The 2015 Anime Expo returns to the Los Angeles Convention Center starting this Thursday and running through Sunday. This annual 4-day expo for all things Anime & Manga attracts exhibitors and fans from across the globe for the largest gathering of its kind in the world. What started as a simple expo for those in the Anime industry has grown to encompass anything remotely related to the art of Japanese art & animation. Today, this large expo now hosts artists, designers, vendors, video game companies, technicians, actors/actresses, voice actors, models, musicians, singers, cosplayers, and much more to spread their work out to the public as well as interact with the fans. With so much to do, so many people to see, and so many people wanting to get in (tens of thousands of visitors on the first day!), naturally the organizers had to make this expo cover a span of four days every year.
As the current world’s largest expo of its kind, one can expect sheer overflow of people in the area for miles. Road traffic does not face as much of a problem, save for the exuberant parking prices that reaches upwards of $40 per vehicle. Pedestrian traffic causes the most headaches, from the uncontrolled crosswalks to the endless line of jaywalkers. If anything definitely terrorizes attendees, the line to enter the expo causes the most grief. From getting in line to getting into the building, the wait on the morning of the 4th of July usually takes hours to enter. Strangely, very few attendees complain about this, as if they accept this year after year. For a first-time attendee like myself, I speak for many other first-time attendees when I say that this expo NEEDS an attendance limit. Comic Con follows an attendance limit, yet still sells out in under a minute every year. Upon questioning some attendees from previous years, they mention that at least a hundred attendees camp overnight, and that entering the line at 8am when the expo opens still takes over an hour to get in. They also mention that the first day always sees the most amount of attendees, which sounds reasonable. Lesson learned: if attending Anime Expo, either attend extremely early on the first day, or attend on the second and/or third day.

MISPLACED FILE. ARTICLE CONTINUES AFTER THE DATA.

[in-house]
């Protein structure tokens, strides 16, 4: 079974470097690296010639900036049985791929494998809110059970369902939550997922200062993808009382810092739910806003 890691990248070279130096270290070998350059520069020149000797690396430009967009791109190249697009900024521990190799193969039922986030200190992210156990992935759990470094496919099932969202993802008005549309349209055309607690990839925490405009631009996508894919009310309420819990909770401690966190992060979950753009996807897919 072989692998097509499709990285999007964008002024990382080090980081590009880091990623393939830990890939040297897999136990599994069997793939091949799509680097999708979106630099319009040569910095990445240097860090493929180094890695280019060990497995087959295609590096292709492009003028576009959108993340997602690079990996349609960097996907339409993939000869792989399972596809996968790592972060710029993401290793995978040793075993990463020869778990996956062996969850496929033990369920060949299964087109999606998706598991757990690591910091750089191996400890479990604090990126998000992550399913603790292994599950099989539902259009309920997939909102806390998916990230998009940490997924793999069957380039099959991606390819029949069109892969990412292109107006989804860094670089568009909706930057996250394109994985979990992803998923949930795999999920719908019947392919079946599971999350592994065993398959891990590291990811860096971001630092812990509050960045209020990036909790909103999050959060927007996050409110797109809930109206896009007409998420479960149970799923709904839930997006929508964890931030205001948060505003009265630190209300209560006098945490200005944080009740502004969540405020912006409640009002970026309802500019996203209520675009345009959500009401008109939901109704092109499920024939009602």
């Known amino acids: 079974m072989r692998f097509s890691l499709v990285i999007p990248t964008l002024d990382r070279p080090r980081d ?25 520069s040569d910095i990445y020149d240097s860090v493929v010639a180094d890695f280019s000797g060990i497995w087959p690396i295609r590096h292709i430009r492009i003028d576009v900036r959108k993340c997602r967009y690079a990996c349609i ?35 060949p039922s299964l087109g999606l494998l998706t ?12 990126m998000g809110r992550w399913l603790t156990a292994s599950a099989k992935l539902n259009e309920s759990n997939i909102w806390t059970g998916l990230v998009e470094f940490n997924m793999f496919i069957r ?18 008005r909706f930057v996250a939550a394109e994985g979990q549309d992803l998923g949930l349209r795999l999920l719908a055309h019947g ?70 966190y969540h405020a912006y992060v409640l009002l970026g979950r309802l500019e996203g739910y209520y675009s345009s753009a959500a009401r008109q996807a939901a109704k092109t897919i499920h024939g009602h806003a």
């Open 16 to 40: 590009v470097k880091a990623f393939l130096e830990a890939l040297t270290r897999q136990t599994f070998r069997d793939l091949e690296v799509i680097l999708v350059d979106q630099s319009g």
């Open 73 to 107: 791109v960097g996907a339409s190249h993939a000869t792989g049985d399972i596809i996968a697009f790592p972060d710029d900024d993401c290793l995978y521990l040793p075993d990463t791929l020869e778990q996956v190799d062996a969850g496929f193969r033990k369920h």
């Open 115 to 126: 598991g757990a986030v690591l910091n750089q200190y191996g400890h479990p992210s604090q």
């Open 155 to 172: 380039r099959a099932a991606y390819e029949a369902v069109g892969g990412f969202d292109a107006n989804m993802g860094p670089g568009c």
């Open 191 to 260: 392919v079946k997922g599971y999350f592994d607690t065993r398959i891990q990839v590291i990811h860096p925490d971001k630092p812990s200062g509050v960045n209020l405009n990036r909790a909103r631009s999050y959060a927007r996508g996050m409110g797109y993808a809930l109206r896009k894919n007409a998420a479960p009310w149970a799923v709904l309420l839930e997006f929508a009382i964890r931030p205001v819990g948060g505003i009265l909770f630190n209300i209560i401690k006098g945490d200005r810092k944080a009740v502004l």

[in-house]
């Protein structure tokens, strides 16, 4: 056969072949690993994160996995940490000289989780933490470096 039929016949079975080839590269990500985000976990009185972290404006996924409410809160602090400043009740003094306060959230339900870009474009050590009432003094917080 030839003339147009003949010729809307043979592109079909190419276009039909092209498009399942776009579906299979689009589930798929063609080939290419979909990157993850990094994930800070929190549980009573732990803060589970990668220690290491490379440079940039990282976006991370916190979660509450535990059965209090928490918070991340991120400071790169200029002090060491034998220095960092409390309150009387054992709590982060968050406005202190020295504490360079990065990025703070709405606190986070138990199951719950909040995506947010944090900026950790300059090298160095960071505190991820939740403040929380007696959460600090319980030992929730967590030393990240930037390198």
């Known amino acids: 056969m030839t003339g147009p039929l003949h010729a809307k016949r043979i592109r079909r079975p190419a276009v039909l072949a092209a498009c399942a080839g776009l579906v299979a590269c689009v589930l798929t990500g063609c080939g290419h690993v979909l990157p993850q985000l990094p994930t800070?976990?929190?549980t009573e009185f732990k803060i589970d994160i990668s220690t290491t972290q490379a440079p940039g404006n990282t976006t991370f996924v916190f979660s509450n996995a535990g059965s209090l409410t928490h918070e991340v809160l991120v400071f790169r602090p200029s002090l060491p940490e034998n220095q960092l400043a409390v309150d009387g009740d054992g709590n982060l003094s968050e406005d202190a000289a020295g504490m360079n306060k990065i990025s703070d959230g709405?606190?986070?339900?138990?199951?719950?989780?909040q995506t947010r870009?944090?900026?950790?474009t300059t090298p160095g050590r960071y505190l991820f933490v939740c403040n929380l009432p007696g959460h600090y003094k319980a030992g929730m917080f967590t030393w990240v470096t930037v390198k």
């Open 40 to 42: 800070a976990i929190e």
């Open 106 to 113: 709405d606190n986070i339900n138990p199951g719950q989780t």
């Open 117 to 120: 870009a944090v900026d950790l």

The actual expo covers the entire span on the convention center, both the South Hall and the West Hall. The main expo occurs in the South Hall, while the West Hall houses the miscellaneous activities, such as workshops, video game competitions, cosplay contests, and more. The expo simply has too much going on, so I understand why most attendees purchase either the two or four day pass rather than just a single day. The expo contains different sections based on the content; for example, attendees would find the artist booths at the back, the autographs at the right, the merchandise in the middle, and celebrity/actor appearances at the front.
For any type of expo or convention of this nature, sure we may want to pay attention to the exhibitors, but at the heart of any gathering of this kind, our attention instantly turns to the cosplayers. Attendees love to dress up as their favorite character to show their pride and/or craftsmanship, while some simply slap together a lazy costume just to blend in somehow, such as the hundreds of attendees with a Teemo hat. For Anime Expo, the world’s largest expo of its kind, attendees either go all in or go nothing. Observe some of the fun costumes from the 2013 Anime Expo:
As an added bonus, my cousin also took a handful of photos, and you may now observe Anime Expo from his point of view too:
If you feel that you cannot attend Anime Expo this year, fear not – Anime California comes to Orange County on the weekend of August 28-30. At $45 for the entire weekend, expect to see nearly the same things at Anime Expo. If you desire the massive crowds and content that Anime Expo offers, keep this weekend open for the 2014 Anime Expo at the Los Angeles Convention Center. If you have a costume, wear it proudly and show it off to everyone!